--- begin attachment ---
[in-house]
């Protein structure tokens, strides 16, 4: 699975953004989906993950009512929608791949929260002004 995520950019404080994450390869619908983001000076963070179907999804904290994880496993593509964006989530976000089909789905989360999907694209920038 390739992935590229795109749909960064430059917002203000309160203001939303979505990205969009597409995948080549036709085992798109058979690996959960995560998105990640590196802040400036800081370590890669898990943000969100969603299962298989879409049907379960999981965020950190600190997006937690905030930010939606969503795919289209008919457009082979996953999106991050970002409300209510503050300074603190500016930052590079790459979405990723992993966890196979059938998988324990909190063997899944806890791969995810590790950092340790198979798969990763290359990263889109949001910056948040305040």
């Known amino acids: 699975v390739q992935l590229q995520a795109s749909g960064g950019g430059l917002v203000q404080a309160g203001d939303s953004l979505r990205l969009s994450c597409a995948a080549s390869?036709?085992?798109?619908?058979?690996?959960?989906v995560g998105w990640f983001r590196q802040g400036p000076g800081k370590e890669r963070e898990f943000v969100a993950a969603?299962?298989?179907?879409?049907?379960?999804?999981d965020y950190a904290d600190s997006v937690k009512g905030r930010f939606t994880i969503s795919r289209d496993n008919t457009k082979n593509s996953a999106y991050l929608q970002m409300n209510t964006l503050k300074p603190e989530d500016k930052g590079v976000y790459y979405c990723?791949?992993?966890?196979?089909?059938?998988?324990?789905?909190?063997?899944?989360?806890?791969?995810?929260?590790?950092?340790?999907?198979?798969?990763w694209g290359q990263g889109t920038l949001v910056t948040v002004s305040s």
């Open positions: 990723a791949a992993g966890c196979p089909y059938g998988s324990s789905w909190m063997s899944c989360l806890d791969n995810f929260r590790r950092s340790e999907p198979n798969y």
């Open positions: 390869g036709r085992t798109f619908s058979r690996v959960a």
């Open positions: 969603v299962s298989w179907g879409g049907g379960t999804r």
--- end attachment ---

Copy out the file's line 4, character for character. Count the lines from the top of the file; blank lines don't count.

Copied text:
């Open positions: 990723a791949a992993g966890c196979p089909y059938g998988s324990s789905w909190m063997s899944c989360l806890d791969n995810f929260r590790r950092s340790e999907p198979n798969y």